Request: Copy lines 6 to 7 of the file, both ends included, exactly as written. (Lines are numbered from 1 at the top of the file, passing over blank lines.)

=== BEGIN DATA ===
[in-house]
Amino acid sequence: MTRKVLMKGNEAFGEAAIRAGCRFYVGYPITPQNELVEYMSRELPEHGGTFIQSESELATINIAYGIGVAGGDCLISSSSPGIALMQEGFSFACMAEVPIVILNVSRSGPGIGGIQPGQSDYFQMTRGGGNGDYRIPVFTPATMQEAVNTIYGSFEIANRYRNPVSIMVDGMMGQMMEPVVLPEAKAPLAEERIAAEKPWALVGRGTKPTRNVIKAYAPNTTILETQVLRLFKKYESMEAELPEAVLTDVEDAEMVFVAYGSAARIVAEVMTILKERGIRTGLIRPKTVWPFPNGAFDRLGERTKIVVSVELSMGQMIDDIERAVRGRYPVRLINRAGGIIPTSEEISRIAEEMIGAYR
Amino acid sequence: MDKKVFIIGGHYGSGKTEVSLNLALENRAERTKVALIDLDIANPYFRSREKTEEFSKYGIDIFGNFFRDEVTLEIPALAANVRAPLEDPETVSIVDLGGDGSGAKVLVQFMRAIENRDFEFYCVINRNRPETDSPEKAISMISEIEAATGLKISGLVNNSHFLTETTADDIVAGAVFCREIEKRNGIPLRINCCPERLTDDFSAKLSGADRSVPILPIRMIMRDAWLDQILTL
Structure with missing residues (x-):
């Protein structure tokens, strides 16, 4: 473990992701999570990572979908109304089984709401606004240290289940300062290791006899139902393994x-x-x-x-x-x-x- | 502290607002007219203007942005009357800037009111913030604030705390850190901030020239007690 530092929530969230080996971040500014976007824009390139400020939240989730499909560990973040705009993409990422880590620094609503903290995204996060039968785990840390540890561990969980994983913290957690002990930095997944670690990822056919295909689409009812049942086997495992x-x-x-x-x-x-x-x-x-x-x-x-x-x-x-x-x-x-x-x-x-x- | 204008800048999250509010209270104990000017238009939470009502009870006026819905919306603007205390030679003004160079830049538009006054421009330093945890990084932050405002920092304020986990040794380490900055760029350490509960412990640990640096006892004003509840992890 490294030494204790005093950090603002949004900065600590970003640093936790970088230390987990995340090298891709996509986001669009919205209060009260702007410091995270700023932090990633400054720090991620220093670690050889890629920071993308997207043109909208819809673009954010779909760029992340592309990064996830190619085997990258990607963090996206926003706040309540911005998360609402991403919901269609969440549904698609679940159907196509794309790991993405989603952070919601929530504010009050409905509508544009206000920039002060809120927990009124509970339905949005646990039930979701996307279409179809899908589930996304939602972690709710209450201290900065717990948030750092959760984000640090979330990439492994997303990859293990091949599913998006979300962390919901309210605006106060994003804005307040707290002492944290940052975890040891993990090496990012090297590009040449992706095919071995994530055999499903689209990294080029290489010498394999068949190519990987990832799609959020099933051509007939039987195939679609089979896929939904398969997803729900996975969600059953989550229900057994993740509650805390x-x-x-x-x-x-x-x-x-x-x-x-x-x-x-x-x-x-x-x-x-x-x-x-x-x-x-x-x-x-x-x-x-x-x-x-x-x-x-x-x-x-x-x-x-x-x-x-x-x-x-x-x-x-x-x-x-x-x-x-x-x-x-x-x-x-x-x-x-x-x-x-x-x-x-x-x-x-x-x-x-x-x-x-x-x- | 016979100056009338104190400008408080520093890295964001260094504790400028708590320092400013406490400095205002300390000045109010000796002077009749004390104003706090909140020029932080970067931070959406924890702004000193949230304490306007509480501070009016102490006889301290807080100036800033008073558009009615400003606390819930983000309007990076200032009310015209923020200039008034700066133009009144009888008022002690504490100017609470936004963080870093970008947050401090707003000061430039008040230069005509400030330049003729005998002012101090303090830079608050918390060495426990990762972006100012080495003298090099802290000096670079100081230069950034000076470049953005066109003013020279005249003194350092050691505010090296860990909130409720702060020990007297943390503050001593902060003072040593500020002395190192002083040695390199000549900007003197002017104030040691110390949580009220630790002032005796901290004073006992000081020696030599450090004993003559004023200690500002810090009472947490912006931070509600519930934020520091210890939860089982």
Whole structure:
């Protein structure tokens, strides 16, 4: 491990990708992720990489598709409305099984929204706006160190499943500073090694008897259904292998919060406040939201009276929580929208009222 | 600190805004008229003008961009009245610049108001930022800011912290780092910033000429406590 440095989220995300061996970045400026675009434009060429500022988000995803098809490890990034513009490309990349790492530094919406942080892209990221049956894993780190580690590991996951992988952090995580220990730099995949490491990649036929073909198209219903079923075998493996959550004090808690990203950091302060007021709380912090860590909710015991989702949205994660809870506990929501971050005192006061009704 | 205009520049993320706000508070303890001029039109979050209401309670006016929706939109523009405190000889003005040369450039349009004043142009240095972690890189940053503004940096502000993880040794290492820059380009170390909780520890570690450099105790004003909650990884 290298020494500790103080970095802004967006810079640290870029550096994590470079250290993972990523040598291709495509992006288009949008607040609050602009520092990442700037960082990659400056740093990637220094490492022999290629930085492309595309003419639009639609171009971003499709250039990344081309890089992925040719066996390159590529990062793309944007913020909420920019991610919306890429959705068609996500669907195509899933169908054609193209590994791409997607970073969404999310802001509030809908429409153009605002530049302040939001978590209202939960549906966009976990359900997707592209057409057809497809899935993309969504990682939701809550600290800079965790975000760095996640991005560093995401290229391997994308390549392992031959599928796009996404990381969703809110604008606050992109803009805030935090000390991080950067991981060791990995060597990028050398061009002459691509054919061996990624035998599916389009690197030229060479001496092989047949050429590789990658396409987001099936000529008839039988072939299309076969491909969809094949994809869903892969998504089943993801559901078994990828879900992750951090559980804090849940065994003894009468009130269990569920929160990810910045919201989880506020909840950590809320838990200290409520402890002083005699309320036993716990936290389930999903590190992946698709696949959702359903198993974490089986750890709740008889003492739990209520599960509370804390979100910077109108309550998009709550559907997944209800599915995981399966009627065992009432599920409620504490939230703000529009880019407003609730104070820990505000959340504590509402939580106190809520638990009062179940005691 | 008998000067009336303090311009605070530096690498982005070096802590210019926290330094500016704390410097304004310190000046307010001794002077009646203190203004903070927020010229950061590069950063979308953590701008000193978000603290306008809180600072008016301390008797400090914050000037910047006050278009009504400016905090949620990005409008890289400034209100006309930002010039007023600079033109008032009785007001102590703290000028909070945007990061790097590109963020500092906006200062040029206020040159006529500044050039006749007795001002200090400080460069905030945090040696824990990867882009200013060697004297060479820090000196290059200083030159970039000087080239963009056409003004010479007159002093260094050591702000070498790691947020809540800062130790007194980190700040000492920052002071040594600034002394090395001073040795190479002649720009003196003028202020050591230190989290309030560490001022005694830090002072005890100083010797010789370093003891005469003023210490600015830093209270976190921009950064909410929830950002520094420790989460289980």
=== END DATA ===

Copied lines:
Whole structure:
């Protein structure tokens, strides 16, 4: 491990990708992720990489598709409305099984929204706006160190499943500073090694008897259904292998919060406040939201009276929580929208009222 | 600190805004008229003008961009009245610049108001930022800011912290780092910033000429406590 440095989220995300061996970045400026675009434009060429500022988000995803098809490890990034513009490309990349790492530094919406942080892209990221049956894993780190580690590991996951992988952090995580220990730099995949490491990649036929073909198209219903079923075998493996959550004090808690990203950091302060007021709380912090860590909710015991989702949205994660809870506990929501971050005192006061009704 | 205009520049993320706000508070303890001029039109979050209401309670006016929706939109523009405190000889003005040369450039349009004043142009240095972690890189940053503004940096502000993880040794290492820059380009170390909780520890570690450099105790004003909650990884 290298020494500790103080970095802004967006810079640290870029550096994590470079250290993972990523040598291709495509992006288009949008607040609050602009520092990442700037960082990659400056740093990637220094490492022999290629930085492309595309003419639009639609171009971003499709250039990344081309890089992925040719066996390159590529990062793309944007913020909420920019991610919306890429959705068609996500669907195509899933169908054609193209590994791409997607970073969404999310802001509030809908429409153009605002530049302040939001978590209202939960549906966009976990359900997707592209057409057809497809899935993309969504990682939701809550600290800079965790975000760095996640991005560093995401290229391997994308390549392992031959599928796009996404990381969703809110604008606050992109803009805030935090000390991080950067991981060791990995060597990028050398061009002459691509054919061996990624035998599916389009690197030229060479001496092989047949050429590789990658396409987001099936000529008839039988072939299309076969491909969809094949994809869903892969998504089943993801559901078994990828879900992750951090559980804090849940065994003894009468009130269990569920929160990810910045919201989880506020909840950590809320838990200290409520402890002083005699309320036993716990936290389930999903590190992946698709696949959702359903198993974490089986750890709740008889003492739990209520599960509370804390979100910077109108309550998009709550559907997944209800599915995981399966009627065992009432599920409620504490939230703000529009880019407003609730104070820990505000959340504590509402939580106190809520638990009062179940005691 | 008998000067009336303090311009605070530096690498982005070096802590210019926290330094500016704390410097304004310190000046307010001794002077009646203190203004903070927020010229950061590069950063979308953590701008000193978000603290306008809180600072008016301390008797400090914050000037910047006050278009009504400016905090949620990005409008890289400034209100006309930002010039007023600079033109008032009785007001102590703290000028909070945007990061790097590109963020500092906006200062040029206020040159006529500044050039006749007795001002200090400080460069905030945090040696824990990867882009200013060697004297060479820090000196290059200083030159970039000087080239963009056409003004010479007159002093260094050591702000070498790691947020809540800062130790007194980190700040000492920052002071040594600034002394090395001073040795190479002649720009003196003028202020050591230190989290309030560490001022005694830090002072005890100083010797010789370093003891005469003023210490600015830093209270976190921009950064909410929830950002520094420790989460289980």